Information for schools with members of the National Education Union and Unison

This email is about recent advice to members from the National Education Union and UNISON about attendance of staff in schools and colleges because it may be impacting on your ability to provide on-site provision for vulnerable children and the children of critical workers. Their advice was issued before the Prime Minister’s announcement about the national lockdown on Monday evening. More communications about the operation of schools during that lockdown will be coming from the Department for Education shortly.

You will be aware that the National Education Union and UNISON had advised their members that they believe schools are not safe and their members should not be returning to the workplace. We understand that this advice has now been withdrawn. The Government did not agree with this advice because section 44 of the Employment Rights Act, on which they relied for this advice, is specific to each individual employee and cannot be applied in a blanket way to all school staff in the country.

As you know better than anyone, being at school is vital for children and young people’s education and for their wellbeing. Time spent out of education is detrimental for children and young people’s cognitive and academic development, particularly for disadvantaged children and young people. The Government has therefore made it a national priority that education and childcare settings operate as normally as possible during the coronavirus (COVID-19) outbreak.

The decision to limit on-site provision to vulnerable children and the children of critical workers, does not suggest that schools and colleges are no longer safe places. Instead, limiting attendance is about reducing the number of contacts that all of us have with people in other households. We have resisted limiting attendance at schools and colleges until now, but in the face of the rapidly rising numbers of cases across the country and intense pressure on the NHS, we now need to use every lever at our disposal to reduce contacts outside households wherever possible. In all cases, provision must continue to be made on-site for vulnerable children and the children of critical workers to safeguard their welfare and ensure essential services can continue to function.

The Royal College of Paediatrics and Child Health has in the last few days said: “Children’s wards are usually busy in winter. As of now we are not seeing significant pressure from COVID-19 in paediatrics across the UK. As cases in the community rise there will be a small increase in the number of children we see with COVID-19, but the overwhelming majority of children and young people have no symptoms or very mild illness only. The new variant appears to affect all ages and, as yet, we are not seeing any greater severity amongst children and young people.”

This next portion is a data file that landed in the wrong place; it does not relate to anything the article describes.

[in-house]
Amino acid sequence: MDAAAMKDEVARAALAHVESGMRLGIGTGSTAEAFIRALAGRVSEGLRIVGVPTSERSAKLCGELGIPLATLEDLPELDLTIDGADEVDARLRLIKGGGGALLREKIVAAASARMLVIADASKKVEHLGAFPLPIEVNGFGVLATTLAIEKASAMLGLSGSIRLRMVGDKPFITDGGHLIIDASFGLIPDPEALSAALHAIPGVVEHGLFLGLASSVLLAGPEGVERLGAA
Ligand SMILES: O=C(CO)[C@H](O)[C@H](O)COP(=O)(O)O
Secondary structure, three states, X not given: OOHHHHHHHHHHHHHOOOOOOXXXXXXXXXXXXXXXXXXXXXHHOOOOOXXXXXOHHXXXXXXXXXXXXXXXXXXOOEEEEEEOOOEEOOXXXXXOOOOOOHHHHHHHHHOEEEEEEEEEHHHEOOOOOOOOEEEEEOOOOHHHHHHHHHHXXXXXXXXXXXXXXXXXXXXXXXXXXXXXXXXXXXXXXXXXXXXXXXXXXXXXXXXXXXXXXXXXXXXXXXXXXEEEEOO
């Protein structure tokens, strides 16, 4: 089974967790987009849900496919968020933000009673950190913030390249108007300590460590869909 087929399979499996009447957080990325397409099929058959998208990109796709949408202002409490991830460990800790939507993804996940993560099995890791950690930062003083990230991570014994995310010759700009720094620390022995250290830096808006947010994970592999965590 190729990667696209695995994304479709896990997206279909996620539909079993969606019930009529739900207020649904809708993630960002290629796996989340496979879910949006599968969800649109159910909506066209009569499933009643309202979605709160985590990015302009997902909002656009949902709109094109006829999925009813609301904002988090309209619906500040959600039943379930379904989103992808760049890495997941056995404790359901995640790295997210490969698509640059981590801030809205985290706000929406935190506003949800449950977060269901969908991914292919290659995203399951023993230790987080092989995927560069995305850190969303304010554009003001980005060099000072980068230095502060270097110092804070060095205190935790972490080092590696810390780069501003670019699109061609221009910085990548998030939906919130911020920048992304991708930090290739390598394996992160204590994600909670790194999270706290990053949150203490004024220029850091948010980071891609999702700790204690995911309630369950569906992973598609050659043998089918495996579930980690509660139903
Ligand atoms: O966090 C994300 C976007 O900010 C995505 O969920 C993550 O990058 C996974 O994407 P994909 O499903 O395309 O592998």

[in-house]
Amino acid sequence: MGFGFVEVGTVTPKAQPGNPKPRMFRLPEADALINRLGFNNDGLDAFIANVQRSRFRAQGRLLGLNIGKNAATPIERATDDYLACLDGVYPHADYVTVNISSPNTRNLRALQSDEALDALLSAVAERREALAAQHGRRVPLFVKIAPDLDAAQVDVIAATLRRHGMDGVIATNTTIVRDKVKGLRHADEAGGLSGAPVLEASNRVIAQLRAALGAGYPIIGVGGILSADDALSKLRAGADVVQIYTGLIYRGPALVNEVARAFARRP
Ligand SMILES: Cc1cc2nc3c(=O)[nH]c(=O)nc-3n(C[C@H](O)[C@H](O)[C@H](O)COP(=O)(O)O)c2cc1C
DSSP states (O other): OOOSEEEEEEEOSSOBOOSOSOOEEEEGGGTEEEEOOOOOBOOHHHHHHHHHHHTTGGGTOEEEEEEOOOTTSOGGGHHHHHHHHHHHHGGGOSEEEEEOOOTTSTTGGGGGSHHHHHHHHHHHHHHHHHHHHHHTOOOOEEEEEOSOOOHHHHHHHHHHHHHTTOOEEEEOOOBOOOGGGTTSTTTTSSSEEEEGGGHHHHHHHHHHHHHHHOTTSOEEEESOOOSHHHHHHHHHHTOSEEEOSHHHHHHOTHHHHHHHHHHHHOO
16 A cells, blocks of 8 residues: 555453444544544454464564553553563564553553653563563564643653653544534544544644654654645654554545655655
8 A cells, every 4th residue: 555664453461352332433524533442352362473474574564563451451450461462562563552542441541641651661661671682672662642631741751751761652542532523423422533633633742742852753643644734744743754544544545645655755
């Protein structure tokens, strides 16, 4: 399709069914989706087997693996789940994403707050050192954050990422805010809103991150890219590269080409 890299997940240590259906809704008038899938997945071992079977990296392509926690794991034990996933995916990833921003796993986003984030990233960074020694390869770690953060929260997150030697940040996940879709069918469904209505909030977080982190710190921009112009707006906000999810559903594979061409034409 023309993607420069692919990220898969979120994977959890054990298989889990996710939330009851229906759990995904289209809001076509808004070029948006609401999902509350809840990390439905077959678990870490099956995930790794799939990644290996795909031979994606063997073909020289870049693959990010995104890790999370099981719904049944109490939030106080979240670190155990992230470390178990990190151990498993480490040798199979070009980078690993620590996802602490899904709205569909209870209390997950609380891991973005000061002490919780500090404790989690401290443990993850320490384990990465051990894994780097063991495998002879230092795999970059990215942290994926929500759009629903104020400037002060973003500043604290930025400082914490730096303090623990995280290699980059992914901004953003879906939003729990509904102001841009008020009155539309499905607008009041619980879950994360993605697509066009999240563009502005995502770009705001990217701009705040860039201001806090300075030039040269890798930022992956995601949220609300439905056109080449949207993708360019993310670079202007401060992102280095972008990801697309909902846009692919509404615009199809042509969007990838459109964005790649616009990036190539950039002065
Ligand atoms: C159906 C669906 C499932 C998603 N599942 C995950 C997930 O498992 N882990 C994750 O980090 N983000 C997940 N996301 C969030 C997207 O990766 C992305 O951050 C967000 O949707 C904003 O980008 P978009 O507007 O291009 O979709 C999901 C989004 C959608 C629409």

There is no evidence the new strain of the virus causes more serious illness in either children or adults and there continues to be strong evidence, to date, that children and younger people (those under 18 years old) are much less susceptible to severe clinical disease than older people. The Office for National Statistics (ONS) Coronavirus (COVID-19) Infection Survey data from 2 September to 16 October showed no evidence of difference in the rates of teachers/education workers testing positive for COVID-19 compared to key workers and other professions. Additionally, the Schools Infection Survey (covering 3 to 19 November) found the infection rate among teachers to be similar to that of the wider population.

The forthcoming guidance will remind you of employers’ health and safety obligations and will ask that you continue to operate the Public Health England (PHE)-endorsed ‘system of controls’ that have been in use throughout the coronavirus (COVID-19) pandemic. These measures create an inherently safer environment for children, young people and staff where the risk of transmission of infection is substantially reduced. The Department for Education (DfE) keeps these controls under review, working with PHE, based on the latest evidence. The way to control this virus is the same, whatever the variant.

We understand that your staff may have concerns about their safety when coming into school, and the appropriate process is for those members of staff to resolve these with you and your leadership team. You will of course be able to discuss and consult as appropriate with any trade union representatives, as well as seeking advice from your Regional Schools Commissioner’s office and local public health teams. If you are receiving letters from members of staff stating that they do not intend to attend the workplace as they do not consider it to be safe, you should engage with them, noting that the NEU and UNISON advice has been withdrawn and setting out, as we have above, the reasons that schools can and should be open. You will also want to consider their specific circumstances and concerns, to which you can then respond. If required, we recommend you seek your own legal advice.

We know this can be a difficult time to be running a school, and that the virus rates will be causing concern. We share your commitment to ensuring children get the best education, and that the process above will take into account all health and educational considerations in looking at this issue.

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